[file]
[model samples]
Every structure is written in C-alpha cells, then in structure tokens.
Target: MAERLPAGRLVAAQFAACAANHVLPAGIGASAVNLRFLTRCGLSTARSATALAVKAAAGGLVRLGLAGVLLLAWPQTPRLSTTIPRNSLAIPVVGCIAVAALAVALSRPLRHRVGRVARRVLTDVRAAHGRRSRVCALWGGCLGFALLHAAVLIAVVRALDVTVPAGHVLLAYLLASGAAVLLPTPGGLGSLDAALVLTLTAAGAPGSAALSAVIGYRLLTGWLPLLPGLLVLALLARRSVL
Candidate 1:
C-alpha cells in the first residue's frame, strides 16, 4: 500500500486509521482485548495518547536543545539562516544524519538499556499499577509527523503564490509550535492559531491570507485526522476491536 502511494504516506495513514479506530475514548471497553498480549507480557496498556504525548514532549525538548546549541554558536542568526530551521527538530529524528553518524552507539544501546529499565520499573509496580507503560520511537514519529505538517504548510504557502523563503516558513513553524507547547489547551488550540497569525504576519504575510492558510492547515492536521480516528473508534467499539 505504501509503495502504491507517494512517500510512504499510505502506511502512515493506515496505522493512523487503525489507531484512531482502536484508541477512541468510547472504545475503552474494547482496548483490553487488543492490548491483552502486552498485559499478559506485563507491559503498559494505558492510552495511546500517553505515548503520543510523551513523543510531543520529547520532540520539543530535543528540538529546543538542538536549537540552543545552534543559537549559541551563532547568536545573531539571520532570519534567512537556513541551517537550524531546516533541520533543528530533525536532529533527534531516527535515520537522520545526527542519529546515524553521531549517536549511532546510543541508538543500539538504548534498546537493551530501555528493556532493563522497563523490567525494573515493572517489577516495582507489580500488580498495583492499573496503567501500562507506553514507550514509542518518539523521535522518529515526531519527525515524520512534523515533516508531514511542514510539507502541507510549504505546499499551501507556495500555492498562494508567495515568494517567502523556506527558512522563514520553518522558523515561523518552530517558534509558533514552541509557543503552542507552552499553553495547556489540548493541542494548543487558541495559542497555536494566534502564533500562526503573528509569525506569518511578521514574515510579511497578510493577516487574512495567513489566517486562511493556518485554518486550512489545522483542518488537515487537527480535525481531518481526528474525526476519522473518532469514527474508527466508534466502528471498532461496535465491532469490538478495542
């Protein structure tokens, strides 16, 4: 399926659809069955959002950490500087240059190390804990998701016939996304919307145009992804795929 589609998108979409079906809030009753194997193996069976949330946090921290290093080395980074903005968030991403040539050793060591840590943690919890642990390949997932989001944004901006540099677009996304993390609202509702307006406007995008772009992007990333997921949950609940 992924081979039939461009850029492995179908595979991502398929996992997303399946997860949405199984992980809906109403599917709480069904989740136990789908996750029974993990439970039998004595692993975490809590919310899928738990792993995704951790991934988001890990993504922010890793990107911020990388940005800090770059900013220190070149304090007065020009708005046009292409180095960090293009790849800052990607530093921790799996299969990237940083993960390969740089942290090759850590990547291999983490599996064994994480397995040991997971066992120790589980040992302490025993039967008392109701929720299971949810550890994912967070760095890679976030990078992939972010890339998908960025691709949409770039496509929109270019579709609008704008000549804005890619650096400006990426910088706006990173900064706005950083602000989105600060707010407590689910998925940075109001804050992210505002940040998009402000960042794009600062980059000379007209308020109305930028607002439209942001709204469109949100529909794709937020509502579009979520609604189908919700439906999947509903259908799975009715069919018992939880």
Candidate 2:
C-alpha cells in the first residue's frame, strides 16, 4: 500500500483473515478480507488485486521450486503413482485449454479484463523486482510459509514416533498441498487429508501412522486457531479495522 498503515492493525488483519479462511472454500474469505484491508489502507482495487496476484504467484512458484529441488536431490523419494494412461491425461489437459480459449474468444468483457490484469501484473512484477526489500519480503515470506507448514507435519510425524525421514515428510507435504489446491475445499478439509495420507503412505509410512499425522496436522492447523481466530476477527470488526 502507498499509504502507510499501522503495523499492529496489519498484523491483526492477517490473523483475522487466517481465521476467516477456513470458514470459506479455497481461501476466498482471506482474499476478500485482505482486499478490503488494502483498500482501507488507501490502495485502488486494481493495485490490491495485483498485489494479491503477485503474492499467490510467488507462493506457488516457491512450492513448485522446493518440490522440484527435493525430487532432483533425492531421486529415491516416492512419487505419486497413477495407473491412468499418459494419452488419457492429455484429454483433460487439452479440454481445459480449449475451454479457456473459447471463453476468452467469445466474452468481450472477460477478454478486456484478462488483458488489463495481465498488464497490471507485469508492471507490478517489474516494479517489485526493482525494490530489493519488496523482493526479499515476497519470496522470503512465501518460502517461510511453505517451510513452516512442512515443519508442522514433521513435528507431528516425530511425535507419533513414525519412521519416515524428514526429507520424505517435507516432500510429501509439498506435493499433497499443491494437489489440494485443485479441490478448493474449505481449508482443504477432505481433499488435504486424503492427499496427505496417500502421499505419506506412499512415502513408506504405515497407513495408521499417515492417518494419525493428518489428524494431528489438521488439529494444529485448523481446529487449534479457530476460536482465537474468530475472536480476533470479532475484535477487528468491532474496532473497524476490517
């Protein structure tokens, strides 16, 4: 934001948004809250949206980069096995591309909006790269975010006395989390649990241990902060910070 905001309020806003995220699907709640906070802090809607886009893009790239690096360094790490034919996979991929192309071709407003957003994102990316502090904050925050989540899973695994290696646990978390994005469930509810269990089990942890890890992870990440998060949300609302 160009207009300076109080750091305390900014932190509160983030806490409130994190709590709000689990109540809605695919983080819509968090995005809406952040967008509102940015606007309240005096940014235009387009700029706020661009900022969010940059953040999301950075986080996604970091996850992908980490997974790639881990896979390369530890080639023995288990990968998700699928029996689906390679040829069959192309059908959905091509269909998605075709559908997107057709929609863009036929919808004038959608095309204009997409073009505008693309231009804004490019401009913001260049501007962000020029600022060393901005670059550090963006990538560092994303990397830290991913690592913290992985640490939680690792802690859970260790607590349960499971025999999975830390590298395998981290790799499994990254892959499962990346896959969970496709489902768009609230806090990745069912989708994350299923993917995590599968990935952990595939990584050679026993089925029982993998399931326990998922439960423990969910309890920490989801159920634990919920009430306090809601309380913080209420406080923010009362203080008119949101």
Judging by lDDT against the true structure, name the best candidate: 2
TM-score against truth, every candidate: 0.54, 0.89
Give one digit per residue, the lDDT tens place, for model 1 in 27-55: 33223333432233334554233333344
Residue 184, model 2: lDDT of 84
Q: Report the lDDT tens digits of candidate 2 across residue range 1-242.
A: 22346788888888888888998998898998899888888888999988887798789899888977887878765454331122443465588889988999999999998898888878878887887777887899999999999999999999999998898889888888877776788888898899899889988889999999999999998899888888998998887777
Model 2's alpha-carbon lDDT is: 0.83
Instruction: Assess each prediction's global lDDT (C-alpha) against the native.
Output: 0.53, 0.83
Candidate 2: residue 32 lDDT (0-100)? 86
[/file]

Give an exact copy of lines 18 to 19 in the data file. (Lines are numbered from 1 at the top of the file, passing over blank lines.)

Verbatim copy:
Output: 0.53, 0.83
Candidate 2: residue 32 lDDT (0-100)? 86